Does Washington Ave Downtown Need Protected Bike Lanes, aka a Cycletrack?

Washington Ave is due to be reconstructed in coming months and locals are pushing for a cycletrack parallel to the street.

Over 500 Hand-Written Letters Ask for Protected Bike Lanes on Washington Ave

Posted on August 9, 2012 by

Last week, we had the honor of delivering over 500 hand-written letters to Minneapolis Councilmember Lisa Goodman, Mayor RT Rybak and County Commissioner Peter McLaughlin.  All of the letters – written by downtown Minneapolis residents, workers and visitors – request that the City and Hennepin County install protected bicycle lanes on Washington Ave S as part of the upcoming reconstruction project.

Washington Avenue today has seven lanes of traffic

Washington Avenue today has seven lanes of traffic. Despite the difficult conditions, hundreds of people bicycle on Washington Avenue S, in numbers equal to those on the much more comfortable S 2nd Street one block north

About a dozen dedicated volunteers from the Minneapolis Bicycle Coalition gathered the letters from pedestrians and cyclists traveling within two blocks of downtown’s Washington Ave S. The support from people passing by was overwhelming. After seeing a photo of Washington Ave S today and a rough idea of what it could look like with protected bike lanes, hundreds of people put down their groceries, pulled over in the middle of a bicycle ride, handed their baby to a friend or otherwise stopped what they were doing to write a letter.

The letters tell the personal stories of why protected bike lanes would make a big impact on downtown. They demonstrate the diversity of the people who want to see protected bicycle lanes on Washington Avenue S become reality.

Full Post:

Of course, like 1st Ave you’ll have cyclists less visible being to the right of motorists’ visual focus centered on their lane and in the path of right-turning vehicles, but at least with the rough draft being presented no parked cars would additionally block motorists’ visibility of cyclists.

However, I have to wonder how all those businesses on Washington would feel about losing all on-street parking? With a current seven lanes and a median on top of that I’d think there would be room for two travel lanes, spacious bike lanes to avoid any door zone issues, and parking while also keeping cyclists more visible:no need to sacrifice parking for customers. Even in its current state the parking lanes are wide enough that enough cyclists feel safe enough to ride in the unofficial existing bike lanes and in comparable numbers to slower more bike-friendly streets nearby. If we do away with all on-street parking we’ll also be killing any chance of on-street bike parking which could dot this stretch and maximize accessibility, real and perceived, to customers on two and four wheels.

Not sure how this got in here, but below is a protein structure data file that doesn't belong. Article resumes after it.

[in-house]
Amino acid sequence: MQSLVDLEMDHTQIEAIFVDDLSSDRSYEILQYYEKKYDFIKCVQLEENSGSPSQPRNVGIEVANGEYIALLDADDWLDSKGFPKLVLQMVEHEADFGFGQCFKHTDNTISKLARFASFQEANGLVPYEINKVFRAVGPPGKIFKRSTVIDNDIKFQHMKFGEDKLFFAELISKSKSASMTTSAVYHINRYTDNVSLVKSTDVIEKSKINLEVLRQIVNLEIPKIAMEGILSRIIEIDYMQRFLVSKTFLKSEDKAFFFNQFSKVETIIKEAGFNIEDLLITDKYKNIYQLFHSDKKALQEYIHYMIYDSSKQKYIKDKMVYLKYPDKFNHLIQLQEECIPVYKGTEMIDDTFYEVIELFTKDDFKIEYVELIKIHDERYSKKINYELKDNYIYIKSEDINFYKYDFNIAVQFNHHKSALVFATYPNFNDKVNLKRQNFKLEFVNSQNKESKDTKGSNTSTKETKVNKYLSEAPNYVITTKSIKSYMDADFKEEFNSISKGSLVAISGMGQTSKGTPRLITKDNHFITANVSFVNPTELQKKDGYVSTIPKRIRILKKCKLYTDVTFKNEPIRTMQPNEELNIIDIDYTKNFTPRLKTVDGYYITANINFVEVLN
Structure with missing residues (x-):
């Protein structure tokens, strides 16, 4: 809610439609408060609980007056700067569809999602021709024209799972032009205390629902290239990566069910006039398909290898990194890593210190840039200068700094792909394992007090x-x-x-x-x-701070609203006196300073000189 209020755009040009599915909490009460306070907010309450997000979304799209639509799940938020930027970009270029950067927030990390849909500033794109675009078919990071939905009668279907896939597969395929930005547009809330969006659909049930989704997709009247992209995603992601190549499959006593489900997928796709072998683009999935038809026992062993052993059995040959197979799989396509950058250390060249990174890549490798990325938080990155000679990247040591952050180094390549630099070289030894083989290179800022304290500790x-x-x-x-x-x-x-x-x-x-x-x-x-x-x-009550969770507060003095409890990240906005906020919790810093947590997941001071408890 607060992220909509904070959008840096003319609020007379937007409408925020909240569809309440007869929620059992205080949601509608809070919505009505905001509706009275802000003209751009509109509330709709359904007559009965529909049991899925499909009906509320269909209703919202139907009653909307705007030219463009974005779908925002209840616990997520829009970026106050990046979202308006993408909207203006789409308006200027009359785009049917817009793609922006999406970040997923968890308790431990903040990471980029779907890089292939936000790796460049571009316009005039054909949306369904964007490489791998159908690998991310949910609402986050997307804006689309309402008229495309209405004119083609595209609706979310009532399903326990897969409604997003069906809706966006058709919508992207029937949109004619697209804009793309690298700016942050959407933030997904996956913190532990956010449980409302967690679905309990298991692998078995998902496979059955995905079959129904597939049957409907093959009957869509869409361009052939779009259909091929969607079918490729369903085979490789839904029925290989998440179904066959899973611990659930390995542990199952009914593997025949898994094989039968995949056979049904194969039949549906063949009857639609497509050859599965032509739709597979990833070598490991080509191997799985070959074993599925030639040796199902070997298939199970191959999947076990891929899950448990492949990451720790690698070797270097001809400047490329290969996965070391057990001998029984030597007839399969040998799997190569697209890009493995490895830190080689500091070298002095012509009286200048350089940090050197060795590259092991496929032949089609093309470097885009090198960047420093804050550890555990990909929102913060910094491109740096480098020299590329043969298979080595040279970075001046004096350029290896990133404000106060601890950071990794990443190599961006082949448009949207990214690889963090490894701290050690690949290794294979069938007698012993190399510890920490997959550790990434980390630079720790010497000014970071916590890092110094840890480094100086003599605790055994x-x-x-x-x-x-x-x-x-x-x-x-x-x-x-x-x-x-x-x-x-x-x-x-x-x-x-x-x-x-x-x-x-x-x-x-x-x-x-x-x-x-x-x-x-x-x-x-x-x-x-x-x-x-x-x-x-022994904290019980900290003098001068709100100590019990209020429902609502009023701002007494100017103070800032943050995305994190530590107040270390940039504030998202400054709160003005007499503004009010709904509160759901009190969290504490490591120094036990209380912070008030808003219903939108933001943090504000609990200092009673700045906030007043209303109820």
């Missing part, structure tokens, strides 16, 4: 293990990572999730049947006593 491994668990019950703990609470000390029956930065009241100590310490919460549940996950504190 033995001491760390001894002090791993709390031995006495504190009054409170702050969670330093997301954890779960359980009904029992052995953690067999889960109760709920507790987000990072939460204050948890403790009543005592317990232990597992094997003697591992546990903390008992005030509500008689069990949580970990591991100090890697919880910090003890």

Personally, I have no qualms as a cyclist who has biked here numerous times about taking the lane along stretches of Washington where cars are not parked: motorists have two whole extra lanes to themselves at any given time. I think addressing this factor, where taking a lane is uncomfortable for less experienced cyclists/visitors, would be all that really needs to be done. Make that wide unofficial bike lane official, time up traffic signals for slower speeds like 25 MPH, and you’ll also have an easier ride that attracts more novice riders without having to stop at every intersection for turning traffic, because when it’s all said and done cyclists of all stripes are going to prefer (whether they admit it or not) the fastest bike ride from A to B with the least amount of stops. And like the little “stop” signs where the separated Midtown Greenway intersects side streets with motor traffic we know that the vast majority of cyclists are going to treat such signs were they to appear on Washington in the same manner: as yield signs. Might as well have infrastructure that reflects the reality of how cyclists will use it vs. how we’d like them to.


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